The Argus IR Tackdry Oven employs 5 to 8 micron IR emitters that directly transmit energy to the densest material, in this case the PCB, because the air and coating are between the emitter and the PCB, some residual heating occurs, but the bulk of the energy is absorbed by the PCB. This means that the coating predominantly dries from the inside, that is, the junction between the PCB and the coating; thus, increasing the drying rate while reducing skin formation and solvent retention. Forced air circulation in the 9724 then rapidly removes the evaporated solvent from the PCB surface.
4. What is the expected LPISM efficiency?
Typical spray operation will provide 140 to 150 square feet of a 1 mil thick dry coating per kilogram of LPISM; this easily equals or exceeds the efficiency and economy of other methods of application. Because of the heated spray gun technology, this 1 mil coating will adequately cover much higher traces than a coating produced by other methods, yielding additional economy of operation. For example, 5-7 mil high traces have been encapsulated with half the dry thickness coating required with silk screen systems.
5. Can the 9524 spray materials other than LPISM?
In addition to LPISM, the 9524 Spray Unit has been tested for use with photoimageable legend inks, primary image resists and photoimageable dielectric coatings. We can offer a system for inner-layer coating of liquid resists for production-volume processing in conjunction with panels frames for thin core material and flexible as well as flex-rigid board. This system should allow major cost reduction in both raw materials and equipment, and will likely cause a shift away from dry film in primary image processing.
6. How does the 9524 deal with LPISM in the barrels?
LPISM in the barrels is a significant problem in silk screen application methods. Because the silk screen squeegee forces LPISM into the holes, higher developer pressure is required to obtain clear holes.

Spray coating with the 9524 does not result in significant amounts of LPISM in the barrels, as the mask is not forced into the holes as it is by the squeegee; therefore, lower developer pressure can be used, and process speed is improved. LPISM dams between fine pitch patterns are more easily held, under-cut during development is reduced and the surface cosmetics are improved because proper developing procedure can be maintained.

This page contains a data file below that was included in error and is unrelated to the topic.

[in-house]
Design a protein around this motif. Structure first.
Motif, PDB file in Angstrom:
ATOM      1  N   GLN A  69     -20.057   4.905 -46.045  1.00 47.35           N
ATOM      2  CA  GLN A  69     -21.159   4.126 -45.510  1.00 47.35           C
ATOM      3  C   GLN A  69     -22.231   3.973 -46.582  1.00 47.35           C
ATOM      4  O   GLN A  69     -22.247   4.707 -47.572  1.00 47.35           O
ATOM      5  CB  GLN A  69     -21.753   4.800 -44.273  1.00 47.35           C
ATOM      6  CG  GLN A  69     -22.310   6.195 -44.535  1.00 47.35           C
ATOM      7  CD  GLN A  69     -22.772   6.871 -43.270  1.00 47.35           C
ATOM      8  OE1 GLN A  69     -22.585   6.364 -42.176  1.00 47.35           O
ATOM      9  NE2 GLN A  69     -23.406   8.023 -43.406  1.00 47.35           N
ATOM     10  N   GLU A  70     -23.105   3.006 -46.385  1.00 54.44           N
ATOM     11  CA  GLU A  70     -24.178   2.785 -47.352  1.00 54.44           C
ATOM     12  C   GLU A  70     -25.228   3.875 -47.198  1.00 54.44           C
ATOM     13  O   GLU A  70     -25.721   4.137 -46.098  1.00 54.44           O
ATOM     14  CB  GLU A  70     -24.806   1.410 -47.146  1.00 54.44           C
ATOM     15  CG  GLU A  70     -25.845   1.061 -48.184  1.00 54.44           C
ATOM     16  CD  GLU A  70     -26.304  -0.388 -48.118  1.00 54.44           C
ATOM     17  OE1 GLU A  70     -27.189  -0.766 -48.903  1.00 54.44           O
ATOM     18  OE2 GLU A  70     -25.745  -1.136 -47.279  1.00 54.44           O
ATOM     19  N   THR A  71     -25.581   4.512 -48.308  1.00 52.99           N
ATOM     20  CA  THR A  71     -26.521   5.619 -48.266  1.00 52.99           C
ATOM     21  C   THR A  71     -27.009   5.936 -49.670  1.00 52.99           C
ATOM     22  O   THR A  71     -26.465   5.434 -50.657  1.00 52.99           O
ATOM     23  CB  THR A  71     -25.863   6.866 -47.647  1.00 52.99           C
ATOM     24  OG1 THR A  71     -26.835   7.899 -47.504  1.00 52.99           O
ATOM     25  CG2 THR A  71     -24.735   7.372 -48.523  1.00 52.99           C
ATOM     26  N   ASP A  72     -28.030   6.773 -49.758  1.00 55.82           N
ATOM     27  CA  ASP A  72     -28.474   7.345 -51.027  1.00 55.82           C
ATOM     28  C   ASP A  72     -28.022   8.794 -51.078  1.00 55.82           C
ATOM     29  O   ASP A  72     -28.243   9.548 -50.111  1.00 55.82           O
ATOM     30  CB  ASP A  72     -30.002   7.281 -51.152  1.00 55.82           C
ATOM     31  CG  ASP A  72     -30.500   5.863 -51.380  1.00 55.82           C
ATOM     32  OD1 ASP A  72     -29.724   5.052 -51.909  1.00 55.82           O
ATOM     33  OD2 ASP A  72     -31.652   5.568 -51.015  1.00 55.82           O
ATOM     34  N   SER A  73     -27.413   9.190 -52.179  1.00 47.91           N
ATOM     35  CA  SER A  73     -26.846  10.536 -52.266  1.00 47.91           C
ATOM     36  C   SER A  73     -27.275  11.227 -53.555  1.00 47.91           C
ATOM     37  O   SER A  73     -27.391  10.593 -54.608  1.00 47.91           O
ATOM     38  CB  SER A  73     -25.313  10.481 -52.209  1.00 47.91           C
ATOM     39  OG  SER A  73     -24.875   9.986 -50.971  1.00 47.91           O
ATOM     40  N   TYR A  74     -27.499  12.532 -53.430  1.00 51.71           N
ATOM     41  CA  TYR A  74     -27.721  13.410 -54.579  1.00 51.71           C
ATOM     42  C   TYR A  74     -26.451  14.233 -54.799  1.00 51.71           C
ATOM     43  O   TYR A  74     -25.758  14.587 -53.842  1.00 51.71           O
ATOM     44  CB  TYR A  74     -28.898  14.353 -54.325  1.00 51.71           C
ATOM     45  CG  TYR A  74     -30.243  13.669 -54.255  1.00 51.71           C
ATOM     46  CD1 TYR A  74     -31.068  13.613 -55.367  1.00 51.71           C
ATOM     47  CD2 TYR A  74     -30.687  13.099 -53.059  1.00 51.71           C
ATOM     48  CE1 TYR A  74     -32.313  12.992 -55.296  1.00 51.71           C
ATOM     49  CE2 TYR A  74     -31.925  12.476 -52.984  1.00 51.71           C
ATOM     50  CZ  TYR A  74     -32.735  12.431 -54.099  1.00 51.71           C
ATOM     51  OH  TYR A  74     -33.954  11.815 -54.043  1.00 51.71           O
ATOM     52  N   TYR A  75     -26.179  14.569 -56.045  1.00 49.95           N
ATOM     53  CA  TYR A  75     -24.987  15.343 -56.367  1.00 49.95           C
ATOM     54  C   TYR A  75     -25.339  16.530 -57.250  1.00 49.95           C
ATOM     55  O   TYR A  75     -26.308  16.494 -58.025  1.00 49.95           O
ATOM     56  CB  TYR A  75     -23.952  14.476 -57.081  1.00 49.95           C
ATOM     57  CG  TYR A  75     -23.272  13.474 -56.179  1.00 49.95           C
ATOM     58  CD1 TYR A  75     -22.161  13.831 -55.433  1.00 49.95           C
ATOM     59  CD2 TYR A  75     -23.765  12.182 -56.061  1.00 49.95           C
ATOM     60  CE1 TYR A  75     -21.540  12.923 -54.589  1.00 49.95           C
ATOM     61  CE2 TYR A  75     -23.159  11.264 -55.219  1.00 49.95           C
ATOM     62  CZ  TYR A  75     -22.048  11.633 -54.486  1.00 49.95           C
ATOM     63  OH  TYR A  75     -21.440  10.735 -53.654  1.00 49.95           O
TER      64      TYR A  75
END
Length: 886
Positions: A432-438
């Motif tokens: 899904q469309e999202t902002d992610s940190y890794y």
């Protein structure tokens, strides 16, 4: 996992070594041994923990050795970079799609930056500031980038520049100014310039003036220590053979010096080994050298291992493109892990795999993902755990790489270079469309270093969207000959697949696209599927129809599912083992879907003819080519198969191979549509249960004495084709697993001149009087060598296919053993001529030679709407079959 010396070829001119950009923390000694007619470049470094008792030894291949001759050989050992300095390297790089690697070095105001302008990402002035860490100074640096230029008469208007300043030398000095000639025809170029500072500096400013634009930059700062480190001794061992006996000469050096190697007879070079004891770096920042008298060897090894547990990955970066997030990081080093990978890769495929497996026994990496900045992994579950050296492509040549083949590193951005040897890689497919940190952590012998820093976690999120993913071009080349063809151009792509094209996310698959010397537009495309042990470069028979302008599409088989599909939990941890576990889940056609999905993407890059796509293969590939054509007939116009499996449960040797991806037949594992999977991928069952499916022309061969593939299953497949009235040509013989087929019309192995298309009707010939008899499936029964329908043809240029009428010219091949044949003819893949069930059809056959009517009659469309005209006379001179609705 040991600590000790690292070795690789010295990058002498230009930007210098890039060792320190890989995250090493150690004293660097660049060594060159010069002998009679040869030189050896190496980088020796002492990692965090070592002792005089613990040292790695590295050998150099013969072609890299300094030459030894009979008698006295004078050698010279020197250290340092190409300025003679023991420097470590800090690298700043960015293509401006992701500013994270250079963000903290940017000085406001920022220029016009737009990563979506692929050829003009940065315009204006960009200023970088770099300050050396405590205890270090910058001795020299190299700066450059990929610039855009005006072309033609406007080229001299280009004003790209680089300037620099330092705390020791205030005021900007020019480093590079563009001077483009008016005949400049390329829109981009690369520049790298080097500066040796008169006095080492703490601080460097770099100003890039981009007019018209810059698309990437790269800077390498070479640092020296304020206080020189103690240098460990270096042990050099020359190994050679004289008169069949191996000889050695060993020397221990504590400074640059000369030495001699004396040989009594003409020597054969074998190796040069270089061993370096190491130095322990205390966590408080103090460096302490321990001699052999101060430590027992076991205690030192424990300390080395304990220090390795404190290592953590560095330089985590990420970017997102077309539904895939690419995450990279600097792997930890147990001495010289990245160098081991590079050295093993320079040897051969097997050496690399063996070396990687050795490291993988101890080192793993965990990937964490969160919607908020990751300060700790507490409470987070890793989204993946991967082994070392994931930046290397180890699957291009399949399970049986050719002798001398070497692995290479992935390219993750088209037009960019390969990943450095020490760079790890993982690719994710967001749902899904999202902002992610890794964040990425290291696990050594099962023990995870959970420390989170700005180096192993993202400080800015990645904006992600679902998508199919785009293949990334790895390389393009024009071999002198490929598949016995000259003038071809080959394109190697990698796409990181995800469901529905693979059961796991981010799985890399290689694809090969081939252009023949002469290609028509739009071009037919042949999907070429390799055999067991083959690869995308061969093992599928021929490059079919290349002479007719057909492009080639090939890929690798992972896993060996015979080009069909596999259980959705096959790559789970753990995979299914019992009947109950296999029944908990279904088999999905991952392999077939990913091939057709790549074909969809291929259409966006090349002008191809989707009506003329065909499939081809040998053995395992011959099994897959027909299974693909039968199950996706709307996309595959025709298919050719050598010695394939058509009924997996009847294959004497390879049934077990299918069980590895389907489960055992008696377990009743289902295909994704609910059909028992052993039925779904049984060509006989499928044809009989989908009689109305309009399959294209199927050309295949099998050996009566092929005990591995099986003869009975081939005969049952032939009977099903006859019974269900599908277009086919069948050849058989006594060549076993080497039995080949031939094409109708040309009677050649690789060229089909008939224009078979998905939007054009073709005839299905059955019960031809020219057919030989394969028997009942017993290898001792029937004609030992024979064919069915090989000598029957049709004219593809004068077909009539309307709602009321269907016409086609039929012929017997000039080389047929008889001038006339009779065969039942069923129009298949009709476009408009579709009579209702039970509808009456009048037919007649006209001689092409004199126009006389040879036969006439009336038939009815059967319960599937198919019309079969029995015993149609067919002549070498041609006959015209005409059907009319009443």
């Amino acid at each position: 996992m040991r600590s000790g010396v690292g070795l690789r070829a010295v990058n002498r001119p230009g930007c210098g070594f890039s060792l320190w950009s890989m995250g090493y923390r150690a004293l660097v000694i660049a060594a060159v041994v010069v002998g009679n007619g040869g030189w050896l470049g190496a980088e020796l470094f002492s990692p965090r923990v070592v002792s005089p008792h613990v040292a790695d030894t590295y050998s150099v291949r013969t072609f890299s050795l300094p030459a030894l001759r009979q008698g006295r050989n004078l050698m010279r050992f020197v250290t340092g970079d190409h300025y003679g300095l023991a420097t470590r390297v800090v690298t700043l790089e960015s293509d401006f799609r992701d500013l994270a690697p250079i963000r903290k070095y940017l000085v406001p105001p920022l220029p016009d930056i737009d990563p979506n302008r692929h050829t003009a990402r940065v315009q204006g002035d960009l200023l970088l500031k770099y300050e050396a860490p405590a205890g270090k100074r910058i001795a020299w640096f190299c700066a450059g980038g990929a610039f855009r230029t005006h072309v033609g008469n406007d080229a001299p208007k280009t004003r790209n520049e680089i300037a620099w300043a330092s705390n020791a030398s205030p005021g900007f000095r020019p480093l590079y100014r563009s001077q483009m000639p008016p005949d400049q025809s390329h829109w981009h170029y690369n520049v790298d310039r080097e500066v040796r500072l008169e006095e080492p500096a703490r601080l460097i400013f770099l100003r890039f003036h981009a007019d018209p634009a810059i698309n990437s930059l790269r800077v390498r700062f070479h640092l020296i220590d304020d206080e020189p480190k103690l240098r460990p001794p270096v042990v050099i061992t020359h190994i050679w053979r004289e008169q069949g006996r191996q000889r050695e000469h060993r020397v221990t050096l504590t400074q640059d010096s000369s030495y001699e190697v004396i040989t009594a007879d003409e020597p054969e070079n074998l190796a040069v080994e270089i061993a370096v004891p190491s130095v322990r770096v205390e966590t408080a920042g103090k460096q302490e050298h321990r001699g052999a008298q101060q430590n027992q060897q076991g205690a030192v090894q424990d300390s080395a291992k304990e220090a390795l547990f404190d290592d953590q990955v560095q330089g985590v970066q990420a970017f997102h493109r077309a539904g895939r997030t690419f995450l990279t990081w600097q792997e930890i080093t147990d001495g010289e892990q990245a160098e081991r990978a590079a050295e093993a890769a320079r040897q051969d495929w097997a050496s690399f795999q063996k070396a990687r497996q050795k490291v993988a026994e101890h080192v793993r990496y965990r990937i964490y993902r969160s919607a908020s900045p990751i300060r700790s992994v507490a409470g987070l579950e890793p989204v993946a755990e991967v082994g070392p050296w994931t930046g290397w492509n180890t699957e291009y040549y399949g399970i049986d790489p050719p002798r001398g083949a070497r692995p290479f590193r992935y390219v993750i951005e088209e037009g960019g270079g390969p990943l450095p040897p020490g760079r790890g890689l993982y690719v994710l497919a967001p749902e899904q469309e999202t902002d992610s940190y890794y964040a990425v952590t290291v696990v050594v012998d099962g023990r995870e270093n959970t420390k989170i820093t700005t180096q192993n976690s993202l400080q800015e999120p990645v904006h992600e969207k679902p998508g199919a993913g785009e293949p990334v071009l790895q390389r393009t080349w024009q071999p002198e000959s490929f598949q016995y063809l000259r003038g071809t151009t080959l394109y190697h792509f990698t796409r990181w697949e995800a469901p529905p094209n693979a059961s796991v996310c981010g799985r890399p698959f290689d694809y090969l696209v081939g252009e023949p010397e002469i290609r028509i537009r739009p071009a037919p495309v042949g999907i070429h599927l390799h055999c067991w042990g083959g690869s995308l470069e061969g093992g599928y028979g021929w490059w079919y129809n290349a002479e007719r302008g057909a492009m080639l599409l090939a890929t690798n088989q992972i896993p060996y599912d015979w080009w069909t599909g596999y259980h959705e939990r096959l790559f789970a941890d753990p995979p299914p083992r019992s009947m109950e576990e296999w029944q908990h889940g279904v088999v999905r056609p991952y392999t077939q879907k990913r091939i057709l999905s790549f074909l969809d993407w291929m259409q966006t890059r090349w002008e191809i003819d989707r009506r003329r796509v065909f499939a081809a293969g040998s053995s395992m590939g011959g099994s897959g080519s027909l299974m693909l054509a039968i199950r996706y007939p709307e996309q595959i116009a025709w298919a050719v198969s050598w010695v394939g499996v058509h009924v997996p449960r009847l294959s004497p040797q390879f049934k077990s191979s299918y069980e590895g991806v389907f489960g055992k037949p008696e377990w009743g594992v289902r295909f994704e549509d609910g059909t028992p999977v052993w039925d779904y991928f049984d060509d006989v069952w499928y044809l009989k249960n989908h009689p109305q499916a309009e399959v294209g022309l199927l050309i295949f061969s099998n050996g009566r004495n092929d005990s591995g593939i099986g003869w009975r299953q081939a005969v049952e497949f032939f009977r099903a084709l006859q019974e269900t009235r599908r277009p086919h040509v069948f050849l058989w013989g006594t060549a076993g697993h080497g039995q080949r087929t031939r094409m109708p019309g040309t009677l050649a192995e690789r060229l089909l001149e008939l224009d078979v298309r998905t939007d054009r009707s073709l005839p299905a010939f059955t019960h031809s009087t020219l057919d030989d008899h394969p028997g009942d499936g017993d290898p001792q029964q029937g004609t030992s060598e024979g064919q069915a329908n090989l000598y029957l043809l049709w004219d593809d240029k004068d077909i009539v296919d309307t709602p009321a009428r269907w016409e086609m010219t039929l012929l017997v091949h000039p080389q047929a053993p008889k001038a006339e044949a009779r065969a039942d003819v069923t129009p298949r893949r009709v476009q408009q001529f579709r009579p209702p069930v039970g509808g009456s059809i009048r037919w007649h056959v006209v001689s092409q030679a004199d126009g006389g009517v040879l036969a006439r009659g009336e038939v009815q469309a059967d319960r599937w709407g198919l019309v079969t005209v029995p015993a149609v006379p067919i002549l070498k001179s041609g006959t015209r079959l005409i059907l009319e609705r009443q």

7. Are there many LPISMs that work well with IR tack-drying?
Most LPISM manufacturers can supply coating materials that function well in the 9724 Tackdry Oven. Sun Chemical, Electra, Enthone, J-Kem International, Lackwerke Peters, Tamura, Technic, and Taiyo all produce LPISMs that have processed well in our laboratory evaluations. Potential customers are welcome to view the IR Tackdry Oven in operation, or to process sample boards in our Technical Service Laboratory.
8. Does the heated spray gun have benefits in addition to reduced solvent usage?
Heated spray gun technology has improved the ability of HVLP systems to encapsulate traces, because the LPISM returns to room temperature and higher viscosity before it strikes the PCB. The heated gun also reduces LPISM usage by allowing thinner coatings to adequately cover higher circuit traces.

Because the heated gun requires less solvent in the LPISM, tack-dry times are significantly reduced; if the 9724 IR Tackdry Oven is used in conjunction with the 9524 Spray Unit, tack-dry time may be reduced to as little as 3 minutes.
9. How does the 9524 apply a uniform coating with just one spray gun?
The 9524 Spray Unit uses a shuttle head that attains speeds of up to 160 feet per minute. This allows the single spray gun to sweep the width of the PCB while the board moves forward as little as half an inch. Because the spray pattern from the heated gun is approximately 2.5-3.0 inches wide, the entire PCB may receive as many as 8 coats of LPISM during the spray process. At typical conveyor speeds, the board will receive 4 coats of LPISM.